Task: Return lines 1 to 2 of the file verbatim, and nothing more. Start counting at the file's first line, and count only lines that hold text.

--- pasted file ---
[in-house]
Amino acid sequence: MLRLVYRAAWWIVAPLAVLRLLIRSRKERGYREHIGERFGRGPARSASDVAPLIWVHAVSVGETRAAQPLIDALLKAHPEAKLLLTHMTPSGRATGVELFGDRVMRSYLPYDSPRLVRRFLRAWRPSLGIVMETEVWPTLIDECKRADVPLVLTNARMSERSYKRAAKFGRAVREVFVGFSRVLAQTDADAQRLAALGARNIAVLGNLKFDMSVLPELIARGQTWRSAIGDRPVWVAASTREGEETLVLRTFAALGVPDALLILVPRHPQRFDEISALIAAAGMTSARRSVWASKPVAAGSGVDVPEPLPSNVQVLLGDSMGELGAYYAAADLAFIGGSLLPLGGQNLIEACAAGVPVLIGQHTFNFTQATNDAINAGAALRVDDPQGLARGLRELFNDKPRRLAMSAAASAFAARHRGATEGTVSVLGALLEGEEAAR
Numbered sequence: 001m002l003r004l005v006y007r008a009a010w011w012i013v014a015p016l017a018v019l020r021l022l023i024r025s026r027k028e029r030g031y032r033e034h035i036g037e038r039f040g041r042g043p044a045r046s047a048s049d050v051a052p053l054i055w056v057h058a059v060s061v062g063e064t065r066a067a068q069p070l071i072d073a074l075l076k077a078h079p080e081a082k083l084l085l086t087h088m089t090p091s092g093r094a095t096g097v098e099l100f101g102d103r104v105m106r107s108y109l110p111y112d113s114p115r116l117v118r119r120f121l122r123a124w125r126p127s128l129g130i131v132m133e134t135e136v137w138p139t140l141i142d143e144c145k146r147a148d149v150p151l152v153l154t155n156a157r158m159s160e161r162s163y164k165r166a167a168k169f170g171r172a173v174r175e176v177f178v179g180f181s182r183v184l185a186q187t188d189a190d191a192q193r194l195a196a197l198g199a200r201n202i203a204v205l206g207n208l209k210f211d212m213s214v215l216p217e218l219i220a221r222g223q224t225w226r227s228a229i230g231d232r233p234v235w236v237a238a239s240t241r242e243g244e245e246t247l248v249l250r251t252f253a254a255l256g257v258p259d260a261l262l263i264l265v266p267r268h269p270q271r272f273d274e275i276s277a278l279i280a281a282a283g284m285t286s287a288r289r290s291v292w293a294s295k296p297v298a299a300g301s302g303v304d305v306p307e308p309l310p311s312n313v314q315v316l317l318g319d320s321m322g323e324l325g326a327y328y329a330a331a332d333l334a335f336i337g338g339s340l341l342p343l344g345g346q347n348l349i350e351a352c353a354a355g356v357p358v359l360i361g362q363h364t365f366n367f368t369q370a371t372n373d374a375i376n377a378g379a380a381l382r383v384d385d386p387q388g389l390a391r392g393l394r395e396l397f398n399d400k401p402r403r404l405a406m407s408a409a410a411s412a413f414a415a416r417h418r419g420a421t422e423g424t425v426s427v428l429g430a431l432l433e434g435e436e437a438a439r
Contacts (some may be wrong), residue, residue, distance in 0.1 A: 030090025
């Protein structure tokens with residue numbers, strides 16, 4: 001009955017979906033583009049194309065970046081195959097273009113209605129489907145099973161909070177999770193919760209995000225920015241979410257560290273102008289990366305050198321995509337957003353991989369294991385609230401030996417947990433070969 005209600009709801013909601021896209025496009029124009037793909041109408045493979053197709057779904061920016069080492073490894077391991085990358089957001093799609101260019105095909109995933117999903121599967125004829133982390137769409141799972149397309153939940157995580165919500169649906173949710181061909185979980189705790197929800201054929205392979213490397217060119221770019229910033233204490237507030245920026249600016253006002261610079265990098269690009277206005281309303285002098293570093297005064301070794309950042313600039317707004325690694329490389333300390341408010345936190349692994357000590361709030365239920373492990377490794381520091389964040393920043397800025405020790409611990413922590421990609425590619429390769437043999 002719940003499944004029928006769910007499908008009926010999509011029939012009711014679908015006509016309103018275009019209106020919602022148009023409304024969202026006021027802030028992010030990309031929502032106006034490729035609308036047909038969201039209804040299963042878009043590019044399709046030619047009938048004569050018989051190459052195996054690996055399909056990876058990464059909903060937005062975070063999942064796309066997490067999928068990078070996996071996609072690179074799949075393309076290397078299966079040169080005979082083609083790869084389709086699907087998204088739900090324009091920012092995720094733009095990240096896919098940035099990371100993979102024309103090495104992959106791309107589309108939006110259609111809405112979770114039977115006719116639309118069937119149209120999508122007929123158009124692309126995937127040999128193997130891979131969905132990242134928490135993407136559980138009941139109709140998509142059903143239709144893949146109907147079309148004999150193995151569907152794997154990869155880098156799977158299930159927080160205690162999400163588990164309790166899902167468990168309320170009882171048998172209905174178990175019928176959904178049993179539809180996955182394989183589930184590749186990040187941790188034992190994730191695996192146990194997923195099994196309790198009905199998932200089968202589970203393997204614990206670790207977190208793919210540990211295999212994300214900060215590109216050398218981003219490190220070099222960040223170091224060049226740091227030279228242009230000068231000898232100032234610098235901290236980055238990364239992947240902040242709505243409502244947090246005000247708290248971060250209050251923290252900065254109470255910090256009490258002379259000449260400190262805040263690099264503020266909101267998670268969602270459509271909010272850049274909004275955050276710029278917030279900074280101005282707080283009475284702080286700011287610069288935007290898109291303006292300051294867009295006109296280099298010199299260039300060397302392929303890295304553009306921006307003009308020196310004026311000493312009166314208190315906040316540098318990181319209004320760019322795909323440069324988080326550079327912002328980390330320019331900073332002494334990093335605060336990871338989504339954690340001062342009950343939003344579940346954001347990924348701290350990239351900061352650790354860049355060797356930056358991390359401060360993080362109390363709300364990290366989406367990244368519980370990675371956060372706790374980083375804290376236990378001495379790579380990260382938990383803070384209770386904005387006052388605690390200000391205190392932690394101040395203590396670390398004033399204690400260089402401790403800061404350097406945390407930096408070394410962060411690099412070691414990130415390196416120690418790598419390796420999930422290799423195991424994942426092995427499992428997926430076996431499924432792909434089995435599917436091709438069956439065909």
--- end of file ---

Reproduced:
[in-house]
Amino acid sequence: MLRLVYRAAWWIVAPLAVLRLLIRSRKERGYREHIGERFGRGPARSASDVAPLIWVHAVSVGETRAAQPLIDALLKAHPEAKLLLTHMTPSGRATGVELFGDRVMRSYLPYDSPRLVRRFLRAWRPSLGIVMETEVWPTLIDECKRADVPLVLTNARMSERSYKRAAKFGRAVREVFVGFSRVLAQTDADAQRLAALGARNIAVLGNLKFDMSVLPELIARGQTWRSAIGDRPVWVAASTREGEETLVLRTFAALGVPDALLILVPRHPQRFDEISALIAAAGMTSARRSVWASKPVAAGSGVDVPEPLPSNVQVLLGDSMGELGAYYAAADLAFIGGSLLPLGGQNLIEACAAGVPVLIGQHTFNFTQATNDAINAGAALRVDDPQGLARGLRELFNDKPRRLAMSAAASAFAARHRGATEGTVSVLGALLEGEEAAR